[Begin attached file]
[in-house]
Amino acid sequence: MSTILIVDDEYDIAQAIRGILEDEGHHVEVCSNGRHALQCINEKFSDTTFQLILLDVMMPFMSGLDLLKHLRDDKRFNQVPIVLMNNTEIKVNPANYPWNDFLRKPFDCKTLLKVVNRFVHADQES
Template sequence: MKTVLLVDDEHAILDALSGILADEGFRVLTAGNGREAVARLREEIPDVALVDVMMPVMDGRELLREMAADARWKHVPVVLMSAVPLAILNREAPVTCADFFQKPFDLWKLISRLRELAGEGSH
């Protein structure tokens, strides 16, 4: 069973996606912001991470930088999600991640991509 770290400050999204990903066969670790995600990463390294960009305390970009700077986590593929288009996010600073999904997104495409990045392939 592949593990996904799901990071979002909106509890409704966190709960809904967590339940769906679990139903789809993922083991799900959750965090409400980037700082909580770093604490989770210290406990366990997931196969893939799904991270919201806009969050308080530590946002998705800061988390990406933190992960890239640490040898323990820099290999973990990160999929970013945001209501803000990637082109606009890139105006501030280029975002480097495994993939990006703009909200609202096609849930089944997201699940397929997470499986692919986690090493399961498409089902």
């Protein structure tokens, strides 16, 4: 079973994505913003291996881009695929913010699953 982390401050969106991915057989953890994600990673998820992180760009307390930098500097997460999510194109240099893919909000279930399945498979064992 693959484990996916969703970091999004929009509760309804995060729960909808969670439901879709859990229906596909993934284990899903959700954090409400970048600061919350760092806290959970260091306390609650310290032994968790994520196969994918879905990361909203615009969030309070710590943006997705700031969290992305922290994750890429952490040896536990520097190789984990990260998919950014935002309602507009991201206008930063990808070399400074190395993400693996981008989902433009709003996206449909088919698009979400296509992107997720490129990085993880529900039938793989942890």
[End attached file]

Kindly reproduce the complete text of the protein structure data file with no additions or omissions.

[in-house]
Amino acid sequence: MSTILIVDDEYDIAQAIRGILEDEGHHVEVCSNGRHALQCINEKFSDTTFQLILLDVMMPFMSGLDLLKHLRDDKRFNQVPIVLMNNTEIKVNPANYPWNDFLRKPFDCKTLLKVVNRFVHADQES
Template sequence: MKTVLLVDDEHAILDALSGILADEGFRVLTAGNGREAVARLREEIPDVALVDVMMPVMDGRELLREMAADARWKHVPVVLMSAVPLAILNREAPVTCADFFQKPFDLWKLISRLRELAGEGSH
């Protein structure tokens, strides 16, 4: 069973996606912001991470930088999600991640991509 770290400050999204990903066969670790995600990463390294960009305390970009700077986590593929288009996010600073999904997104495409990045392939 592949593990996904799901990071979002909106509890409704966190709960809904967590339940769906679990139903789809993922083991799900959750965090409400980037700082909580770093604490989770210290406990366990997931196969893939799904991270919201806009969050308080530590946002998705800061988390990406933190992960890239640490040898323990820099290999973990990160999929970013945001209501803000990637082109606009890139105006501030280029975002480097495994993939990006703009909200609202096609849930089944997201699940397929997470499986692919986690090493399961498409089902």
């Protein structure tokens, strides 16, 4: 079973994505913003291996881009695929913010699953 982390401050969106991915057989953890994600990673998820992180760009307390930098500097997460999510194109240099893919909000279930399945498979064992 693959484990996916969703970091999004929009509760309804995060729960909808969670439901879709859990229906596909993934284990899903959700954090409400970048600061919350760092806290959970260091306390609650310290032994968790994520196969994918879905990361909203615009969030309070710590943006997705700031969290992305922290994750890429952490040896536990520097190789984990990260998919950014935002309602507009991201206008930063990808070399400074190395993400693996981008989902433009709003996206449909088919698009979400296509992107997720490129990085993880529900039938793989942890």